We’ll reiterate what we said on our Tokyo Disneyland Overview page: One of the questions we get the most from our readers is: "How English friendly is Tokyo Disneyland?" or "Is there an issue with the language barrier?" or "Will I enjoy the parks if I don't speak Japanese?" along with many other variations of the same question. In our many visits to Tokyo Disneyland for both pleasure and to research for this website, we have never experienced any issues with communicating with the resort staff. As to be expected in a country that is not your own, most Tokyo Disney cast members will not fluently speak your native language. But, most will know enough to help you with whatever you need. If a cast member can't understand what you are asking, they will do their best to find a colleague who can. If you find that you are having difficulty communicating with a cast member, be patient, don't raise your voice, show respect, and anything you are asking will be handled in a short amount of time. Also keep in mind most cast members at ticket booths, guest services, and the hotels will usually speak fluent English. Will you enjoy the rides and shows if you don't speak Japanese? Yes. Themed entertainment uses visual storytelling. While some rides and shows are in English, most are not, but they're still just as enjoyable visually. Is Pooh speaking a little Japanese on Pooh's Hunny Hunt going to ruin your enjoyment of the ride? No, it shouldn't.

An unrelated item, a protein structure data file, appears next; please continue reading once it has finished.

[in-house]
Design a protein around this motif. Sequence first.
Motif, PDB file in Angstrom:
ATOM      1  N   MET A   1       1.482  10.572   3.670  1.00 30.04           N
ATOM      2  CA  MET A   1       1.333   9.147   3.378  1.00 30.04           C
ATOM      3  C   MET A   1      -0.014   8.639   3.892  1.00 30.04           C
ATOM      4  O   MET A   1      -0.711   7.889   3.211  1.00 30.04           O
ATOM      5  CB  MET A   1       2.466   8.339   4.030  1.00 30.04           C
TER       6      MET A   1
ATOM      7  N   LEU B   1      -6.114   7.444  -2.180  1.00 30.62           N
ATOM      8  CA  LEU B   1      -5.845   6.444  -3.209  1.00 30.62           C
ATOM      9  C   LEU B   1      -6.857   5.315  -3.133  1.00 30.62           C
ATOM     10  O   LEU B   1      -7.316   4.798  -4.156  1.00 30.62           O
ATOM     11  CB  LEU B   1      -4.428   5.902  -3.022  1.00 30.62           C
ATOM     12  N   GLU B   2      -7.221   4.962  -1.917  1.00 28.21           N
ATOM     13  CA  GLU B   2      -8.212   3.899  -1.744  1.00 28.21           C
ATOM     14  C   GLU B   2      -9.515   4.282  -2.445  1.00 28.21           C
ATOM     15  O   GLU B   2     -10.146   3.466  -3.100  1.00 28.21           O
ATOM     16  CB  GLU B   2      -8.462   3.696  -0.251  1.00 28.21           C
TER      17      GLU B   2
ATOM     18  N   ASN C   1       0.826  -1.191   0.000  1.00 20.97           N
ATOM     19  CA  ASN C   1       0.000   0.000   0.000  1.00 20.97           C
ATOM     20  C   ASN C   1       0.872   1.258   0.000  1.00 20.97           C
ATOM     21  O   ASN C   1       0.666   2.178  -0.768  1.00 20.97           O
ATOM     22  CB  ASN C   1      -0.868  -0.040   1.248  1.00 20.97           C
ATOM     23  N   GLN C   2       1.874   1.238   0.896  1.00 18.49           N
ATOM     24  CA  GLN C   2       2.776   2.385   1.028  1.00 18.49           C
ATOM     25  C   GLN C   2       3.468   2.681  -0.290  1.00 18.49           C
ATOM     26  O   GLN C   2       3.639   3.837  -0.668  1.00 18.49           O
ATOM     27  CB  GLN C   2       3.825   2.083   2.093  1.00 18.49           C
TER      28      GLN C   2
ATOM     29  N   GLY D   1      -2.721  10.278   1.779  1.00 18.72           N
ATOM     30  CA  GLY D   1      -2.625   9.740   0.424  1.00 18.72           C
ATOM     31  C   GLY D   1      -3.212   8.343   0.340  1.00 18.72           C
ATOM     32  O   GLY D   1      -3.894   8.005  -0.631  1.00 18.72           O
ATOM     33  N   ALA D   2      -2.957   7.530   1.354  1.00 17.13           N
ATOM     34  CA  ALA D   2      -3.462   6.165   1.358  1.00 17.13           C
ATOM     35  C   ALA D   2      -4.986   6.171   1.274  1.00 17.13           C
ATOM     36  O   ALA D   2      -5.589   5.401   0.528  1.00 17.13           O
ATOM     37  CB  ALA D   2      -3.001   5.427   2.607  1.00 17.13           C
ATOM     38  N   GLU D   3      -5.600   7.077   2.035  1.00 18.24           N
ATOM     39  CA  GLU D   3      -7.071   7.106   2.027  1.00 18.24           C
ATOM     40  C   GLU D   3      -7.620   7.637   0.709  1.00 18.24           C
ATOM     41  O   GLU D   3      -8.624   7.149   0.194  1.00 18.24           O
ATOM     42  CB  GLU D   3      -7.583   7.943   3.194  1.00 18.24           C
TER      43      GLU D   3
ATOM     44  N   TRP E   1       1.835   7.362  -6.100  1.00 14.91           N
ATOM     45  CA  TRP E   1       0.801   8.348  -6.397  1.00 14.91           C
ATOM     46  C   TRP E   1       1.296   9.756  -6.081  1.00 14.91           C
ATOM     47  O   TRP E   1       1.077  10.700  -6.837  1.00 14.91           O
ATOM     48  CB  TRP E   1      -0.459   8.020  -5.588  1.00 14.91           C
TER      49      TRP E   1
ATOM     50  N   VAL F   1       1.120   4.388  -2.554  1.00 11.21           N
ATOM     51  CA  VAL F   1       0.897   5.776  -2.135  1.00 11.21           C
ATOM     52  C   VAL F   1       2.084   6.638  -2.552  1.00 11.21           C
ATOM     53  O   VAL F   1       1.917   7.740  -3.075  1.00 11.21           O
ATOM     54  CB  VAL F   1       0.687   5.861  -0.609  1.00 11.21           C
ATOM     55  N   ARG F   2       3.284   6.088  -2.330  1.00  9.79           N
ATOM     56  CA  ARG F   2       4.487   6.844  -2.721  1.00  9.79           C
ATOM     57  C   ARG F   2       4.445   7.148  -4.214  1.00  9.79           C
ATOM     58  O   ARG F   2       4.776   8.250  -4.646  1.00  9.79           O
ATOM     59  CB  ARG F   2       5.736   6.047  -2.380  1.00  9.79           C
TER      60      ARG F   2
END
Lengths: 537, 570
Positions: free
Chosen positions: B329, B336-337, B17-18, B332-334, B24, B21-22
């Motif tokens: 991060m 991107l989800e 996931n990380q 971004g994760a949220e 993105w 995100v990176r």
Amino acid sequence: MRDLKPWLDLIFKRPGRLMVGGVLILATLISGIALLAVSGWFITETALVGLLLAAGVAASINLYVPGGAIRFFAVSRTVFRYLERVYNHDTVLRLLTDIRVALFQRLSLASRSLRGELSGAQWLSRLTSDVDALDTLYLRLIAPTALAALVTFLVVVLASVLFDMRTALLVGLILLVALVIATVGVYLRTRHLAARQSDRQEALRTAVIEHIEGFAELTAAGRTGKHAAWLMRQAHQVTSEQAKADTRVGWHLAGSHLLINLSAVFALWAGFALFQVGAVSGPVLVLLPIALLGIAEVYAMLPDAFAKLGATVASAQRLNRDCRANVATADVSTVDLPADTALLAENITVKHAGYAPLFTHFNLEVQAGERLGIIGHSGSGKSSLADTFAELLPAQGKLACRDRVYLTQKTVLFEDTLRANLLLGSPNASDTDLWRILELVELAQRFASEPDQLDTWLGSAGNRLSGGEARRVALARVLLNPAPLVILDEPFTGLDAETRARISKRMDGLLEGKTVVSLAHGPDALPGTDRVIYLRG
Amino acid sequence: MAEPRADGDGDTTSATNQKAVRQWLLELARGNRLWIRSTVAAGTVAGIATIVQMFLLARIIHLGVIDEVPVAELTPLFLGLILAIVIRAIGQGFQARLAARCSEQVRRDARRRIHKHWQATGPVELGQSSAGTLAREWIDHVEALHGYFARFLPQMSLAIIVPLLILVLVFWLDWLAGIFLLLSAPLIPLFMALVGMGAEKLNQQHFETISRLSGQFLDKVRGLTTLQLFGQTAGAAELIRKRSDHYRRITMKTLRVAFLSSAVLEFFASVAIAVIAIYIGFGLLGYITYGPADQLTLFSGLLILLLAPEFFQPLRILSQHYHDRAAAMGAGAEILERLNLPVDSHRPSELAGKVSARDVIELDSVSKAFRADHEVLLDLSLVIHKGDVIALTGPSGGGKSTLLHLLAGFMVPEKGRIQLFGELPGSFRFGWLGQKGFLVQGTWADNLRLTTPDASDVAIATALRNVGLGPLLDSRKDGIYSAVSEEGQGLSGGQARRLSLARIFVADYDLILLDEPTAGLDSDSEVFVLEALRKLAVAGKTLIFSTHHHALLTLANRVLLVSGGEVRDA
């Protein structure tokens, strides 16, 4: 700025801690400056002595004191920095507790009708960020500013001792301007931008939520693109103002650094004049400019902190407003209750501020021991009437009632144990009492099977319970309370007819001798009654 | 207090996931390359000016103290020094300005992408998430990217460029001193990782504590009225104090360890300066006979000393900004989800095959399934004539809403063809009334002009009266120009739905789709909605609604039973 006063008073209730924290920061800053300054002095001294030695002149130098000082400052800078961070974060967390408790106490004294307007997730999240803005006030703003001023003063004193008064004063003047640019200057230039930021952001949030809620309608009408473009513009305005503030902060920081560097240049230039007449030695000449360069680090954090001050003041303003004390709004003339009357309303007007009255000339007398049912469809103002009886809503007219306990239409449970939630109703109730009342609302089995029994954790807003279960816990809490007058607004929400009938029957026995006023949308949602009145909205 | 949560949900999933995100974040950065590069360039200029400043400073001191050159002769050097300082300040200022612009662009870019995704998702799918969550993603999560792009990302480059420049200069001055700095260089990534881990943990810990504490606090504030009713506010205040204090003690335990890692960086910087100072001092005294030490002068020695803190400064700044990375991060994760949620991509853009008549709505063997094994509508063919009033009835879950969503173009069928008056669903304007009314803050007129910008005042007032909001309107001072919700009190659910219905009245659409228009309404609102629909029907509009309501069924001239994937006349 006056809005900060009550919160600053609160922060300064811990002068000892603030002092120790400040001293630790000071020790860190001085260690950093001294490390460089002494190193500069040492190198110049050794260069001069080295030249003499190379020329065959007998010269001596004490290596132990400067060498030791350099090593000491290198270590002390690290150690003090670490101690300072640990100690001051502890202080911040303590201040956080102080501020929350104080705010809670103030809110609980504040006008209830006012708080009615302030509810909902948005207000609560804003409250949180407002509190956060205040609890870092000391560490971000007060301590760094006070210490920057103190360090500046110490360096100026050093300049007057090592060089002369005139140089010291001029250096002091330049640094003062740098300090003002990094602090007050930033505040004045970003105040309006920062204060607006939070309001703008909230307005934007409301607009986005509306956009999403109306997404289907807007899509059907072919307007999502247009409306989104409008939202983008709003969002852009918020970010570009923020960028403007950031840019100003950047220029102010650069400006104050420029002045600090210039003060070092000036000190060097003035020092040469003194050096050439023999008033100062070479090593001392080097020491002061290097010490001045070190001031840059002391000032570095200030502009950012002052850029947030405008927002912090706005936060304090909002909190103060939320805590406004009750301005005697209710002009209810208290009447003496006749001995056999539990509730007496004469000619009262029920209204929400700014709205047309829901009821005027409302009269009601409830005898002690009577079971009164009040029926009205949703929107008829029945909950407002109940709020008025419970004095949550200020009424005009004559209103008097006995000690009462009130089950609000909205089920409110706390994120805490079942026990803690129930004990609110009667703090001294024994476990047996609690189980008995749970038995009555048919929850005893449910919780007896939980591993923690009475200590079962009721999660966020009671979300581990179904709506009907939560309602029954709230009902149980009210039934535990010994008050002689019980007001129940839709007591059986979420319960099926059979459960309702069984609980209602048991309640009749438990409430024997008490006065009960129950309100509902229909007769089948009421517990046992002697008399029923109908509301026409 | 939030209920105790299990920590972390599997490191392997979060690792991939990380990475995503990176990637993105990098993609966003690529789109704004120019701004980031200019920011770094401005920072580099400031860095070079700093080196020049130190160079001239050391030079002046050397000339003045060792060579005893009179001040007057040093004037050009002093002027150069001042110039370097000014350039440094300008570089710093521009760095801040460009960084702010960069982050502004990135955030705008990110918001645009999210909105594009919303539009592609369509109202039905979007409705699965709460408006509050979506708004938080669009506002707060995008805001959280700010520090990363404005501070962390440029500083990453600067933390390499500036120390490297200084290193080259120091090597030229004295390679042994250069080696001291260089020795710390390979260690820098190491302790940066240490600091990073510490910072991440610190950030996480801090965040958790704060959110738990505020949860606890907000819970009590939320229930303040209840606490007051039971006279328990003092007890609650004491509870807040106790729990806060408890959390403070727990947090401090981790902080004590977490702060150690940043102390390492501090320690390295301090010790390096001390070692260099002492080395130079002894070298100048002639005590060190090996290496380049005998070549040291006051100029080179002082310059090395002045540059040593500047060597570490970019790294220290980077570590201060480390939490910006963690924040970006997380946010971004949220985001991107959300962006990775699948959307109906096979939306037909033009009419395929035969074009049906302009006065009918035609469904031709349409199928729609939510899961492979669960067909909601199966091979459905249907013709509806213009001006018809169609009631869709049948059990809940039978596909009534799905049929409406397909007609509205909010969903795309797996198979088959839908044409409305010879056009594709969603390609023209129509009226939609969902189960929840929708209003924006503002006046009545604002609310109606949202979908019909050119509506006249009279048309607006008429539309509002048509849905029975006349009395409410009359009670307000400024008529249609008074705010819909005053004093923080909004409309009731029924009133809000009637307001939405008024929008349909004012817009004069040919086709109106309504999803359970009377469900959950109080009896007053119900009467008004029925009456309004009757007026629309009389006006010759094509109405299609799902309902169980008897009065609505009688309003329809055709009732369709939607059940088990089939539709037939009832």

Meal Substitutions

At Tokyo Disney Resort we’ve found that, as with most restaurants in Japan, what’s on the menu is what you get. Any substitutions you may request will be turned down, politely but firmly. This makes it especially difficult for vegetarians. However, some restaurants do have special menus available for those with various allergies.

Parade Viewing Etiquette